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WASHINGTON — A divided Supreme Court agreed Tuesday to halt enforcement of President Barack Obama's sweeping plan to address climate change until after legal challenges are resolved.

The surprising move is a blow to the administration and a victory for the coalition of 27 mostly Republican-led states and industry opponents that call the regulations "an unprecedented power grab."

Colorado Attorney General Cynthia Coffman joined in the lawsuit, over the objections of Gov. John Hickenlooper.

By temporarily freezing the rule, the high court's order signals that opponents have made a strong argument against the plan. A federal appeals court last month refused to put it on hold.

The court's four liberal justices said they would have denied the request.

The plan aims to stave off the worst predicted impacts of climate change by reducing carbon dioxide emissions at existing power plants by about one-third by 2030.

Appellate arguments are set to begin June 2.

The compliance period starts in 2022, but states must submit their plans to the Environmental Protection Administration by September or seek an extension.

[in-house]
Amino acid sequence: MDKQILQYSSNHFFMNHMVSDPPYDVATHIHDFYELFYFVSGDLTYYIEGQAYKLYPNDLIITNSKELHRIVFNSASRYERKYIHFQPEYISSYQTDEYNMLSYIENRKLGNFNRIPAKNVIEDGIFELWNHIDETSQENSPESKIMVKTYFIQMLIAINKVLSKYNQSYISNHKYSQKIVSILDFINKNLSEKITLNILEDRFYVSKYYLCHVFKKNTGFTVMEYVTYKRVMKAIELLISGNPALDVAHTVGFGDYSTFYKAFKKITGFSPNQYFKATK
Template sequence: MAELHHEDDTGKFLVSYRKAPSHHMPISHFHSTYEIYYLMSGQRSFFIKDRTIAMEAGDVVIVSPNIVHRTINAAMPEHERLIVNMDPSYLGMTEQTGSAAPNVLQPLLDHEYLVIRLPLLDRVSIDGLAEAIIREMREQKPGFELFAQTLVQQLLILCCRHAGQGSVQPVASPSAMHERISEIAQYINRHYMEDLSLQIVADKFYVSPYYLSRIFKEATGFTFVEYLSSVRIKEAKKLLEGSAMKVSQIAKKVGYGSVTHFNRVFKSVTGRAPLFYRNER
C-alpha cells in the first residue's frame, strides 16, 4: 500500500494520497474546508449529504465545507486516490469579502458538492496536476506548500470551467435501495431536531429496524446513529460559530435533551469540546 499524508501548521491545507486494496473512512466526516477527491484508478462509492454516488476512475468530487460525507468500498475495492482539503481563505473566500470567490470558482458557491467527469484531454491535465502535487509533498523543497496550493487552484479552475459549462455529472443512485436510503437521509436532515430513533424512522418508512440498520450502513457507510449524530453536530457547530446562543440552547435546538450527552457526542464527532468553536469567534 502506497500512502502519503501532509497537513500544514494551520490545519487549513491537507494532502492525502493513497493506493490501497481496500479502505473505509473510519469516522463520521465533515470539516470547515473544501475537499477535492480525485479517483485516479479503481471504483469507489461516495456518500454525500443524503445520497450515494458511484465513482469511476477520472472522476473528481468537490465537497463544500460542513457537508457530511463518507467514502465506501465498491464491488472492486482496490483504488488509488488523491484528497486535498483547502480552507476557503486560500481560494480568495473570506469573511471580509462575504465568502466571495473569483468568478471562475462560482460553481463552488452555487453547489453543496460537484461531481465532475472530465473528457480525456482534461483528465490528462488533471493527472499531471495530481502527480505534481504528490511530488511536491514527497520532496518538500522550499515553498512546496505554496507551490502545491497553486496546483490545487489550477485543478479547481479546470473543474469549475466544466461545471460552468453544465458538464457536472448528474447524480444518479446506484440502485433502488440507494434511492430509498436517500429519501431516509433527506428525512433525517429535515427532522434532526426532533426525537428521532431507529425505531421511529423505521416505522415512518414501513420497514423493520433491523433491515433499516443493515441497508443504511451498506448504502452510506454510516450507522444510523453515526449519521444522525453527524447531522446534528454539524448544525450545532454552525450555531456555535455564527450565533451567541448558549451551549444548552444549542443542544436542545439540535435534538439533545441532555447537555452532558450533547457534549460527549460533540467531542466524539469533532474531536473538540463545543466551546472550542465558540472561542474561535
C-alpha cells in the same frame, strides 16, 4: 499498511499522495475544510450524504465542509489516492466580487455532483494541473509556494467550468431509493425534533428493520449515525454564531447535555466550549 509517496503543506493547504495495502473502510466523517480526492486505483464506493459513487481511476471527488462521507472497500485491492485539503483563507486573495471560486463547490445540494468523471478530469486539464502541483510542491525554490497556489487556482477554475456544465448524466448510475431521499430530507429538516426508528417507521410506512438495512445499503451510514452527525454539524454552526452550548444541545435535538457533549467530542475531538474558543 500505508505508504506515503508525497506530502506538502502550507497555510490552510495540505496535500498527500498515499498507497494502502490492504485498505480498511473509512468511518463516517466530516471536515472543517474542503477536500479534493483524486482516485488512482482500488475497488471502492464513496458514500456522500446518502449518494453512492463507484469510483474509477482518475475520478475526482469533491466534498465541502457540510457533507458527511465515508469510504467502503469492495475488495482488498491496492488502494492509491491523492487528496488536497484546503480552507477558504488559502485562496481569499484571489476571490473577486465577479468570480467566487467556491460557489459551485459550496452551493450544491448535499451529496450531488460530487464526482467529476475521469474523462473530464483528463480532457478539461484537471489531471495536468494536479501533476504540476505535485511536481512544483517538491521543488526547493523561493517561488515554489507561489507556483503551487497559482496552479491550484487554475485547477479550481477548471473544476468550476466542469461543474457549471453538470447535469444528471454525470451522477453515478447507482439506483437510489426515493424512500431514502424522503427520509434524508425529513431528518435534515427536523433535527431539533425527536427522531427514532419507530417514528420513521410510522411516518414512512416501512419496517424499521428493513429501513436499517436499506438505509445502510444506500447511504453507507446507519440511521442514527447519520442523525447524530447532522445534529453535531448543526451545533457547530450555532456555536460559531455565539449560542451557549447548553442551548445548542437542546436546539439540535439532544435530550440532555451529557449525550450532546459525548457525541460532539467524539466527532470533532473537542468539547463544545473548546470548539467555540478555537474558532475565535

Many states opposing the plan depend on economic activity tied to such fossil fuels as coal, oil and gas. They argued that power plants will have to spend billions of dollars to begin complying with a rule that may end up being overturned.


Implementation of the rules is considered essential to the United States' ability to meet emissions-reduction targets in a global climate agreement signed in Paris last month. The Obama administration and environmental groups also say the plan will spur new clean-energy jobs.

To convince the high court to halt the plan temporarily, opponents had to convince the justices there was a "fair prospect" the court would strike down the rule.